Also in relation to overall efficiency is the fact that vehicle emissions are often higher when a vehicle is at idle compared to when a vehicle is moving down the road. Fuel control is optimized for rpm ranges that are off idle. The catalytic convert also has a tendency to cool down a lot, so much so that the chemical reactions that reduce the level of pollutants in the exhaust stream cease to occur and the exhaust becomes more harmful.
This decrease in efficiency also means that the carbon that is contained in the fuel does not get fully oxidized so it tends to just buildup in the combustion chamber, and in the piston rings, and on the valves, and in other places in the engine. When this happens, the carbon acts as an abrasive to slowly grind engine parts down and disrupt the smooth and efficient flow of air and fuel through the engine. Hydrocarbons will also build up in the crankcase oil causing it to lose its ability to lubricate internal engine parts. The buildup of carbon in the oil will require the engine oil to be replaced more often.
I think that most people that are spending a considerable amount of time warming up their cars, or the people that leave it running when they run into the Loaf & Jug, are either not thinking about it one way or the other, or they are thinking that they don’t want the inside of the car to get cold. How cold is it going to get if you shut the engine off while you are filling up with gas, or running into the store to get a cup of coffee?
Truthfully, letting a car idle really doesn’t warm it up very quickly, nor does it warm it up very thoroughly. The fastest and most effective way to warm up a car is to drive it. A car that requires 15 minutes to warm up the engine just idling can be warmed up just as much in about five minutes if it is just driven normally. This will not warm up the inside of the car but if your commute is longer than about 15 minutes then you will be plenty warm inside the car by the time you get to work. What about the rest of the car’s systems? When a vehicle idles for an extended period of time to warm up the engine, this does nothing to warm up the transmission or anything else on the car. Don’t these things need to be warmed up as well? No they don’t, or at least not purposely. Just get in the car and drive it like normal and all warming will be taken care of quickly and effectively.
Back when every car used a carburetor for fuel metering, it may have been advantageous to let the car warm up a bit on very cold days because the choke needed a chance to open a bit. The choke was a device that helped the engine to run with a bit of a rich mixture when it was cold. Sometimes automatic choke function was not that reliable and the car didn’t really run very well until the engine warmed up and the choke opened all the way. Some old carbureted vehicles had a problem with ice buildup on the venturi. Considering that the venturi works sort of like an airplane wing, we know an airplane wing is useless with a bit of ice on it, and the same applies to a venturi. Most vehicles had a system meant to prevent this kind of ice buildup, but they didn’t always work. After the engine warms up there is no problems with ice on the venturi. Modern vehicles (most cars built within the last 25 years) are fuel injected so they don’t have any of these problems that in the old days were avoided by letting the car warm up before driving it.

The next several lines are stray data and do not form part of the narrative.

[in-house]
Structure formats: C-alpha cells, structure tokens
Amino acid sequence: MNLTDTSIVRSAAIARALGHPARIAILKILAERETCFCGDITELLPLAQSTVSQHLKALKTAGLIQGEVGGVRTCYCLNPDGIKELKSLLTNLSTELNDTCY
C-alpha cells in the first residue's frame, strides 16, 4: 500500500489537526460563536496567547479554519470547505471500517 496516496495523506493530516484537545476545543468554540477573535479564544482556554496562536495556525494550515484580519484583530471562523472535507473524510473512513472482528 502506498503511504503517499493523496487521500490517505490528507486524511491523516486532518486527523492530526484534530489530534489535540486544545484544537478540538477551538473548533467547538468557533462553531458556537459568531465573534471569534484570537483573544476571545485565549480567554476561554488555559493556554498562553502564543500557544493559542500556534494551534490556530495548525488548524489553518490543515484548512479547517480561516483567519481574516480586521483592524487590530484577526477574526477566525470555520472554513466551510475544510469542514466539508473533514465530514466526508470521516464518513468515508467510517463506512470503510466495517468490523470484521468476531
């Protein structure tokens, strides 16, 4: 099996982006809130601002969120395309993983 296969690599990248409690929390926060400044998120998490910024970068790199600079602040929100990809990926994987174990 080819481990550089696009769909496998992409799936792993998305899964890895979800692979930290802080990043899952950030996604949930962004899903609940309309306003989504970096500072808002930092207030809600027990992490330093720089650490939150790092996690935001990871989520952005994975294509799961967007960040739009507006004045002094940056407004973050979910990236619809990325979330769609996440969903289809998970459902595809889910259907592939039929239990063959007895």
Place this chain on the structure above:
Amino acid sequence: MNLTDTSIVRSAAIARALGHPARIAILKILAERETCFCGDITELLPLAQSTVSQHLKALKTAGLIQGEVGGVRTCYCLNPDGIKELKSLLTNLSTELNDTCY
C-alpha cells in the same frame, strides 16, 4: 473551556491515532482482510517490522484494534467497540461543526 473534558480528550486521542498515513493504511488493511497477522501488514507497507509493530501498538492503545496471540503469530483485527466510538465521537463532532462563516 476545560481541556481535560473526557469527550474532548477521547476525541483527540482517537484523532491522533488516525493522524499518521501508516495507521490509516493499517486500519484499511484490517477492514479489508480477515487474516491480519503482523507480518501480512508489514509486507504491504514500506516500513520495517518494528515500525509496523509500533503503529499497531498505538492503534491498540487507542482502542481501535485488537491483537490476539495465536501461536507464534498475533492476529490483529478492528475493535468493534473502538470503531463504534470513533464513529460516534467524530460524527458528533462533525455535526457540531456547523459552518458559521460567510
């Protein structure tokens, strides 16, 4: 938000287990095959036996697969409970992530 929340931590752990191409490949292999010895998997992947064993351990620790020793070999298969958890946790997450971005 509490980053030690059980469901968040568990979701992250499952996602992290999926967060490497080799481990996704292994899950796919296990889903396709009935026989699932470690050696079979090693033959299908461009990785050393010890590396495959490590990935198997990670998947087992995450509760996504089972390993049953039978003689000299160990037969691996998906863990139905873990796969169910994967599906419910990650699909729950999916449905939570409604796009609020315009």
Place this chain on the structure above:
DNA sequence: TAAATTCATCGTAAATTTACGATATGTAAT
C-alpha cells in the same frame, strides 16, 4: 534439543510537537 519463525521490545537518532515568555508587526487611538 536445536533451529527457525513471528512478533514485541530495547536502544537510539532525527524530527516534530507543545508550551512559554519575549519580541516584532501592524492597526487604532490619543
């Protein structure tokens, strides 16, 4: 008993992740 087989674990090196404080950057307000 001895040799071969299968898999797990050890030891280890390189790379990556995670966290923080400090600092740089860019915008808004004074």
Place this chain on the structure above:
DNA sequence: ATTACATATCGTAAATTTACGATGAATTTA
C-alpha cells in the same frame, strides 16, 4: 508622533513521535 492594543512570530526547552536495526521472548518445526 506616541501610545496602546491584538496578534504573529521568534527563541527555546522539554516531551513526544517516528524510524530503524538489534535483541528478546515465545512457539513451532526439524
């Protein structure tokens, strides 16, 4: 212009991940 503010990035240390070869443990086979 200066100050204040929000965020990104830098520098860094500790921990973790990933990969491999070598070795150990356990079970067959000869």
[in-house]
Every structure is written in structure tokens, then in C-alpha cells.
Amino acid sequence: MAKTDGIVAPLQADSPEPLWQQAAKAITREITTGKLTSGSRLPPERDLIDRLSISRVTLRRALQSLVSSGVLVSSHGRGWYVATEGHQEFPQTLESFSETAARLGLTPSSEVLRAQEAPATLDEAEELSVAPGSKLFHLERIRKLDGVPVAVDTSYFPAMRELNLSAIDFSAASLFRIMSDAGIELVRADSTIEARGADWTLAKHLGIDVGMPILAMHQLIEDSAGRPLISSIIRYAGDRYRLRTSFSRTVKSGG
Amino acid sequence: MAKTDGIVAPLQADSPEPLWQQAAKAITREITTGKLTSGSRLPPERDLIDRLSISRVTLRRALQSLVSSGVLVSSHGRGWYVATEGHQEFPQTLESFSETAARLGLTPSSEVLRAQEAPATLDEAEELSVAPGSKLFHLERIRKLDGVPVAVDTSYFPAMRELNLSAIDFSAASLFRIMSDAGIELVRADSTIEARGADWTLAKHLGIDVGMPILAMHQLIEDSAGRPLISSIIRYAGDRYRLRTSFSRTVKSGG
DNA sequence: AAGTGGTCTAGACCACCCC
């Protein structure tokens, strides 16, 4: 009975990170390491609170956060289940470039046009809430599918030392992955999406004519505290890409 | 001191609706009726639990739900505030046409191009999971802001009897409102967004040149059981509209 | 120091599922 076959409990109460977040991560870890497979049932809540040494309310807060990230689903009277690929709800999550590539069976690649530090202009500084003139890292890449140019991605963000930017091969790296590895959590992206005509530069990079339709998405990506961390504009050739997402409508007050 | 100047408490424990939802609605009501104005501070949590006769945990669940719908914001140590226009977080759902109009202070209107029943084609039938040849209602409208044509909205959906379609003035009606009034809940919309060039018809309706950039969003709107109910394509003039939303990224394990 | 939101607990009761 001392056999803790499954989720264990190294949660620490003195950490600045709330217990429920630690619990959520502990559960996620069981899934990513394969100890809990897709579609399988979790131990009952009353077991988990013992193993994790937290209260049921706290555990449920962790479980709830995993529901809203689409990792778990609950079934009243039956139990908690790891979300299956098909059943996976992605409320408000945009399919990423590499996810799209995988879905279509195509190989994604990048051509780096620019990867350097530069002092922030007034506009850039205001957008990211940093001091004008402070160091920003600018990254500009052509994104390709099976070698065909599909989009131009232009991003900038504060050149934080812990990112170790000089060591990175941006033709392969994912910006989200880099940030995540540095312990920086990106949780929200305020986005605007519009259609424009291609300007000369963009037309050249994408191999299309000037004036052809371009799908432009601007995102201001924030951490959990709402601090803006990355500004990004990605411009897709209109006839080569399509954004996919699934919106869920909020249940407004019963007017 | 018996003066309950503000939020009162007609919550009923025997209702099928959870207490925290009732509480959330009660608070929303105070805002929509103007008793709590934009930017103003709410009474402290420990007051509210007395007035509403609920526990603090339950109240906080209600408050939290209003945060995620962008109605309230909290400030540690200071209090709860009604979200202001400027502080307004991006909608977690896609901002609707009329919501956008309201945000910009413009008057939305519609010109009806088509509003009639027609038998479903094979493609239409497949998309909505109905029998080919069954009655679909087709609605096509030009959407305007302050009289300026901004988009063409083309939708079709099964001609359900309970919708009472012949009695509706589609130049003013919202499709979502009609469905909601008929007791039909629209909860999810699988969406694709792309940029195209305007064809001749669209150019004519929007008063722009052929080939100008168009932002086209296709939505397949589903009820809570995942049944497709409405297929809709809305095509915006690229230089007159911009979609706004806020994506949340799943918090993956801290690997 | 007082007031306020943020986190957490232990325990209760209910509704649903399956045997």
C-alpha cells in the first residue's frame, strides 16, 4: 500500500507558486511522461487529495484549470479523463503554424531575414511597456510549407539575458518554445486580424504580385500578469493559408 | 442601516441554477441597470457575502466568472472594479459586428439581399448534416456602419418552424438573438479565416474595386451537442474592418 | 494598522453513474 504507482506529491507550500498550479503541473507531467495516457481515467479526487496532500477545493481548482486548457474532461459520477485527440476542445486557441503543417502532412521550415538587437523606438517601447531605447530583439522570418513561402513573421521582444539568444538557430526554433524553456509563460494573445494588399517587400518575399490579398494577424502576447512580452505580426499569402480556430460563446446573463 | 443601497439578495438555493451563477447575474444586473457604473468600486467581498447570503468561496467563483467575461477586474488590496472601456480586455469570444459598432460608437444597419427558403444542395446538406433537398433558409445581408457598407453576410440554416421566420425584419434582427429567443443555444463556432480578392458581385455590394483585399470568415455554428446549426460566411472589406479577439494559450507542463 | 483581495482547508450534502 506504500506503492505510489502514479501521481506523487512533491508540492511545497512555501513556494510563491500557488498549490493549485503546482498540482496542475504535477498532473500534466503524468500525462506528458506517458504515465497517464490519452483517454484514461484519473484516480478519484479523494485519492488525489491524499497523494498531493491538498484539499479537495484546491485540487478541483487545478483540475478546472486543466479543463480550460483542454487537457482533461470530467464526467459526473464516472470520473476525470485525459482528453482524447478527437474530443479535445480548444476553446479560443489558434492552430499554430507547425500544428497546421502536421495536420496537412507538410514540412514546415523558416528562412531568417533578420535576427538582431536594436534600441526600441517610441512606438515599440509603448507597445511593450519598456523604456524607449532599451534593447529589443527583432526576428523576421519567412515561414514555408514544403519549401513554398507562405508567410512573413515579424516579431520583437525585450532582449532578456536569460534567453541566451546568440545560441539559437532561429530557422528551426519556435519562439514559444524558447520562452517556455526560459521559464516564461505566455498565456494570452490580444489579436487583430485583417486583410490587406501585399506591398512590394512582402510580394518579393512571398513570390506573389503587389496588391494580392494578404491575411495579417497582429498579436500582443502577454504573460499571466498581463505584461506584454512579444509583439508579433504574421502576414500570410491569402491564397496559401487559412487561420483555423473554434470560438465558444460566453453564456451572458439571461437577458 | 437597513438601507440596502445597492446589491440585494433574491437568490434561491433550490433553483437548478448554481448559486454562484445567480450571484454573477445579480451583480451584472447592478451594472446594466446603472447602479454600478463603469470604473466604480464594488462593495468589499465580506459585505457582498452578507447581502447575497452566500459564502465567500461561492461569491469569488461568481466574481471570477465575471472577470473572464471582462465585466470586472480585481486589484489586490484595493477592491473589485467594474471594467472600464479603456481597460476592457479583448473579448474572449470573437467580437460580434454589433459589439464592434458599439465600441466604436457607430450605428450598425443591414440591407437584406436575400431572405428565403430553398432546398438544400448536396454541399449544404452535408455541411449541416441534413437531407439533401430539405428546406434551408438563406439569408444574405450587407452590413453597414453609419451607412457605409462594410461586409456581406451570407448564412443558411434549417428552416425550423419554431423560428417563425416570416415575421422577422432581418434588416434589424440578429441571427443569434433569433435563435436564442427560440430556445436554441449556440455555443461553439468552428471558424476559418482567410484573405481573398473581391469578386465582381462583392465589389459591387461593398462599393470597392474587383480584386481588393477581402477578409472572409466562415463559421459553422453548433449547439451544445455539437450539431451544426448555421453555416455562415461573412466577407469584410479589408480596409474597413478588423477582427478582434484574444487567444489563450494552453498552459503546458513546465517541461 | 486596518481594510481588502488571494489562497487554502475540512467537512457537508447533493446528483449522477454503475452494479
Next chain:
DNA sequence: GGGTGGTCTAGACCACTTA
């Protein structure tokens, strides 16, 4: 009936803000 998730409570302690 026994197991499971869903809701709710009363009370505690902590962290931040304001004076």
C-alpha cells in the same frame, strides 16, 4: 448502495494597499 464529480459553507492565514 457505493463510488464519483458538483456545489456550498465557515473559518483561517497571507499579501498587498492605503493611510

What about a diesel engine? Isn’t it true that the rules are different for diesels? I would ask, how could the rules be any different? A diesel vehicle at idle is still getting zero miles per gallon. A diesel engine still has a crankshaft that is supported by engine oil pressure that is best kept up. A diesel engine still burns a hydrocarbon fuel that when not fully oxidized in the combustion process leaves carbon deposits in the engine. Diesels are more efficient at idle than their gasoline counterparts, meaning that they don’t burn as much fuel compared to how much power they produce, but this rule applies to all operating ranges and not just idle. Nothing magical happens when a diesel engine is idling that makes it okay to do so. So why do the big diesel trucks idle at the truck stops so much? Probably to keep the driver warm while he is in the sleeper of the cab, or so that he can run his TV and microwave. Other than that the trucker does this for another reason. Quoting Tevya from Fiddler on the Roof that last reason is “Tradition!”
Since we live in a free country we can let our vehicles idle all day long if we want to. Everything that I have said here can be disputed in some way, or deemed unimportant by some, and that’s okay. Everything that I have said is true no matter how you spin it. If you don’t care about saving fuel or extending engine life, then you have just wasted the last few minutes reading this article. If you value your engine and you value your fuel almost as much as gold, then consider some of the things that I have said here and see if you can change some of your habits. Your car and your wallet will be glad if you do.